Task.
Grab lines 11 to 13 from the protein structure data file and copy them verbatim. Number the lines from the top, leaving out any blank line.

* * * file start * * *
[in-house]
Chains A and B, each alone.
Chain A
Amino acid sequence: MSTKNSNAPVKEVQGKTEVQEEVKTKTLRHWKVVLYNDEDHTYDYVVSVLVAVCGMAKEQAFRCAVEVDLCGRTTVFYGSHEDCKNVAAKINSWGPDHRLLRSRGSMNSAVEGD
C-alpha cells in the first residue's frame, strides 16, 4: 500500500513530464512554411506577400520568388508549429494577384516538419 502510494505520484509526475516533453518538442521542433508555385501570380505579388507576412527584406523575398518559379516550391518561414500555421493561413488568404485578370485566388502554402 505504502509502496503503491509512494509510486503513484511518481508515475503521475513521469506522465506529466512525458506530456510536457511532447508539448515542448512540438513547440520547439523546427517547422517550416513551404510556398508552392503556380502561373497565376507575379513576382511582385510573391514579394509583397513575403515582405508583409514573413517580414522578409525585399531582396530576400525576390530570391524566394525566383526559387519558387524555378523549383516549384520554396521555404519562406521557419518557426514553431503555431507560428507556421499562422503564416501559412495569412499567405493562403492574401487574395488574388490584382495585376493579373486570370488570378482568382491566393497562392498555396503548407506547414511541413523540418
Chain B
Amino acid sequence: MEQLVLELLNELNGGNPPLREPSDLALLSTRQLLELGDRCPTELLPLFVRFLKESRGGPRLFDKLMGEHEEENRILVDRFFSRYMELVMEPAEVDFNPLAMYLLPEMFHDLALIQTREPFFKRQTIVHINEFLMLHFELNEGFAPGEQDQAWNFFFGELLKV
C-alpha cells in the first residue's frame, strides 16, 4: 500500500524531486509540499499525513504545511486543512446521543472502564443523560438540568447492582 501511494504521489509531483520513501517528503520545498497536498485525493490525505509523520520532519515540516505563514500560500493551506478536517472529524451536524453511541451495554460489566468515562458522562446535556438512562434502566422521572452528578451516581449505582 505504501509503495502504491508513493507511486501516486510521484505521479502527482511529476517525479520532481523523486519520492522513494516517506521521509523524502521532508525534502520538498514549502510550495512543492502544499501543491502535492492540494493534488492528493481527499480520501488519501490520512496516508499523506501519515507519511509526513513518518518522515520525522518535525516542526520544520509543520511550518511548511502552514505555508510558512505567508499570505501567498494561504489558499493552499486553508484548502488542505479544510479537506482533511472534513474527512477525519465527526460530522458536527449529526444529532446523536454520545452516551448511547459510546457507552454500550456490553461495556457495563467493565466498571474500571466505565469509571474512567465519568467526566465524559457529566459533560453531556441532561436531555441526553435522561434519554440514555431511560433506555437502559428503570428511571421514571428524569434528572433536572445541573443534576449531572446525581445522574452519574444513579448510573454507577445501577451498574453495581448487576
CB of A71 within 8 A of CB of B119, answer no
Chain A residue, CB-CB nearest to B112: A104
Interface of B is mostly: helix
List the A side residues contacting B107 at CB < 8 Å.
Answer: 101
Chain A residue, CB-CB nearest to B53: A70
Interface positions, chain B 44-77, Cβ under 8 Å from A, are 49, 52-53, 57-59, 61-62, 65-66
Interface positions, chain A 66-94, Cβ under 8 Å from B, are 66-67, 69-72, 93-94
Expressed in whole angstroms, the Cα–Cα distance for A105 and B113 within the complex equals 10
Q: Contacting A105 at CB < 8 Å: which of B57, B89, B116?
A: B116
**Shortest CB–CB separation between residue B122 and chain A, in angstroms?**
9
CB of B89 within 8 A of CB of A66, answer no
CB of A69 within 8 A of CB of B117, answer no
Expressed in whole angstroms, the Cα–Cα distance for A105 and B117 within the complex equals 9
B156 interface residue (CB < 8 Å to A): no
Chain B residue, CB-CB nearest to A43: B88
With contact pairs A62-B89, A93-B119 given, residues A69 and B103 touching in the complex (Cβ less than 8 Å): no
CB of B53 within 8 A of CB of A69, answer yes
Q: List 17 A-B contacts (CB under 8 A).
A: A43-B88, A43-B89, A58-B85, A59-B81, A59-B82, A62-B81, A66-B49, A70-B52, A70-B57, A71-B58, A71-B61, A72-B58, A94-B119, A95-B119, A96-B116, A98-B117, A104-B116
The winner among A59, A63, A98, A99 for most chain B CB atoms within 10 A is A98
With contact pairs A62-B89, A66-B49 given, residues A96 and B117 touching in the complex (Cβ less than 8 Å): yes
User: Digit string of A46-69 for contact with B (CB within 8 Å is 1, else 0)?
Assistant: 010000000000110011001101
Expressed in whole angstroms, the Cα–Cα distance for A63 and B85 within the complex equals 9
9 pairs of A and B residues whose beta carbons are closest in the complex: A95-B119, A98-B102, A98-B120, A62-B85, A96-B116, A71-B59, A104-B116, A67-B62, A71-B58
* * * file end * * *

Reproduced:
Interface of B is mostly: helix
List the A side residues contacting B107 at CB < 8 Å.
Answer: 101